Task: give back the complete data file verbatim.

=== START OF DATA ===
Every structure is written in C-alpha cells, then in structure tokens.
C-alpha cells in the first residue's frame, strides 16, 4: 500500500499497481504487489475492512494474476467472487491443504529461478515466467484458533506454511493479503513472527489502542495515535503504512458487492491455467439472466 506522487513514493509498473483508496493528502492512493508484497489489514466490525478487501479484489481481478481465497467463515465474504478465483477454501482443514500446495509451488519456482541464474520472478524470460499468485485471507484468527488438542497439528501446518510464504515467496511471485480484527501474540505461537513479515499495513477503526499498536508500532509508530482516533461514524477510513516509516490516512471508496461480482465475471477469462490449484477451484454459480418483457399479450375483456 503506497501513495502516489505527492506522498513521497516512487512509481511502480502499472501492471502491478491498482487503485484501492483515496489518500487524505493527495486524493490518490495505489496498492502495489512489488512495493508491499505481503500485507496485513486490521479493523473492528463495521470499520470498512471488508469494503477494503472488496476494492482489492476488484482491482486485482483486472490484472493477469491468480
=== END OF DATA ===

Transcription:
Every structure is written in C-alpha cells, then in structure tokens.
C-alpha cells in the first residue's frame, strides 16, 4: 500500500499497481504487489475492512494474476467472487491443504529461478515466467484458533506454511493479503513472527489502542495515535503504512458487492491455467439472466 506522487513514493509498473483508496493528502492512493508484497489489514466490525478487501479484489481481478481465497467463515465474504478465483477454501482443514500446495509451488519456482541464474520472478524470460499468485485471507484468527488438542497439528501446518510464504515467496511471485480484527501474540505461537513479515499495513477503526499498536508500532509508530482516533461514524477510513516509516490516512471508496461480482465475471477469462490449484477451484454459480418483457399479450375483456 503506497501513495502516489505527492506522498513521497516512487512509481511502480502499472501492471502491478491498482487503485484501492483515496489518500487524505493527495486524493490518490495505489496498492502495489512489488512495493508491499505481503500485507496485513486490521479493523473492528463495521470499520470498512471488508469494503477494503472488496476494492482489492476488484482491482486485482483486472490484472493477469491468480